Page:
One of the most important steps to take before you send your manuscript to your designer or your editor is to set the headings. This is crucial if you have sections and subsections in your manuscript. Your designer doesn’t read your book, and even your editor can’t always tell which heading level you intended. Many authors will use varying fonts and sizes to establish the headings, but Word has a feature that will do that for you and automatically let your designer know the headings levels.
Start by going to the Home tab on the ribbon. To the right, you should see a section called Styles. If you haven’t already set up styles (we’ll discuss how), there will be default ones from Word. In the image below, you will see Chapter (which I created), Heading 1, Heading 2, Heading 3, and others. Don’t worry too much about style sizes and colors because those will be changed when your designer does the formatting; all you need to do is set the headings.
Next, go to your first chapter and highlight the title. Click on Heading 1 in the Style section. Repeat this action with the rest of your chapter titles. Then, using another heading level, repeat this process with any sections, subsections, and subsubsections that you have in your document.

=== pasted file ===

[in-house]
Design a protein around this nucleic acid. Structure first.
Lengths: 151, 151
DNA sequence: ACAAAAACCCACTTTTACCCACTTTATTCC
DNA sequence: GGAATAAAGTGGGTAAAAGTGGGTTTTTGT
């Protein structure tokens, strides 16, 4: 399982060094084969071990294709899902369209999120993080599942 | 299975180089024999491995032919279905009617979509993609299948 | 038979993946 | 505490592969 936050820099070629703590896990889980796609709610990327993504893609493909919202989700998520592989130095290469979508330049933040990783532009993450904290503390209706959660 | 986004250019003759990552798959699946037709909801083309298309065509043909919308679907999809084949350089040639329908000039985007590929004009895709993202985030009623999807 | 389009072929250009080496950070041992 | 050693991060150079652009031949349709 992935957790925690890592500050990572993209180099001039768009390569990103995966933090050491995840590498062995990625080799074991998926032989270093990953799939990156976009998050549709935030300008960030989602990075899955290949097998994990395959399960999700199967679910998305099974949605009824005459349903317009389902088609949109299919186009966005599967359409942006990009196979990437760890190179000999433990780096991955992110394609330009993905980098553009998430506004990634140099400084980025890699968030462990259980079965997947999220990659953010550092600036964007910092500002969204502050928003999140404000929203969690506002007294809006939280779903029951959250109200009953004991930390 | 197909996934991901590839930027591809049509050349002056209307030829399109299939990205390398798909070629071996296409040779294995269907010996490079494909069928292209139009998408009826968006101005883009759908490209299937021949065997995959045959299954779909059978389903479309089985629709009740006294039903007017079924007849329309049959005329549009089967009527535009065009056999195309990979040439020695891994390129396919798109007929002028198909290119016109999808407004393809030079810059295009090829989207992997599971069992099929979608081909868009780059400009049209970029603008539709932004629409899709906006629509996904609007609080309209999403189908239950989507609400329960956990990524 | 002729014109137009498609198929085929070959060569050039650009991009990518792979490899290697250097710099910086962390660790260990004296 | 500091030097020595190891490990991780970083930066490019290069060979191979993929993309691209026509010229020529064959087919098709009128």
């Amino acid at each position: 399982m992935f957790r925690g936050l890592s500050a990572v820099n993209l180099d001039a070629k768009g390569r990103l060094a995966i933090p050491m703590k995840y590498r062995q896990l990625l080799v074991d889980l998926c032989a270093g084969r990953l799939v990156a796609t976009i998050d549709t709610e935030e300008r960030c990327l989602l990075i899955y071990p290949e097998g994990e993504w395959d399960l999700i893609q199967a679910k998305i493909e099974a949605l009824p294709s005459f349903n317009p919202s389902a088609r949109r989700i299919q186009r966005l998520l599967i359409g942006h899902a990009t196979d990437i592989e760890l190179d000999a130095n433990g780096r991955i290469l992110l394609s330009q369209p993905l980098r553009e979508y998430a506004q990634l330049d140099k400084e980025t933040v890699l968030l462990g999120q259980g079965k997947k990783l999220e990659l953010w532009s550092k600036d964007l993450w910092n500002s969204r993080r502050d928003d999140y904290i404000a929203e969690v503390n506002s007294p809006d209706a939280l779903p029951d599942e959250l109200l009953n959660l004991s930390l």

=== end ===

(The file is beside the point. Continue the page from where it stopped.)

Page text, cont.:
Unless you have multiple section levels in your book beyond the default options, you shouldn’t need to create additional styles, but it’s not a bad idea to know how. To create or modify a style, click on the arrow in the right-hand corner of the Styles section. This will open a box where you can modify and add new styles. To modify a style, hover your mouse over the style you want to change. This will show an arrow to the right of the style name. Click Modify under the arrow. This will open a Modify Style box that will allow you to change the font style, size, color, etc., but your designer will handle that in formatting.
To add a style, click on the Manage Style button (where the red arrow is pointing), click New Style, and the Create New Style from Formatting box will open. You can name the style, set the font, etc. Click OK and you’re done!
Now you can establish, modify, and create heading styles in a Word document!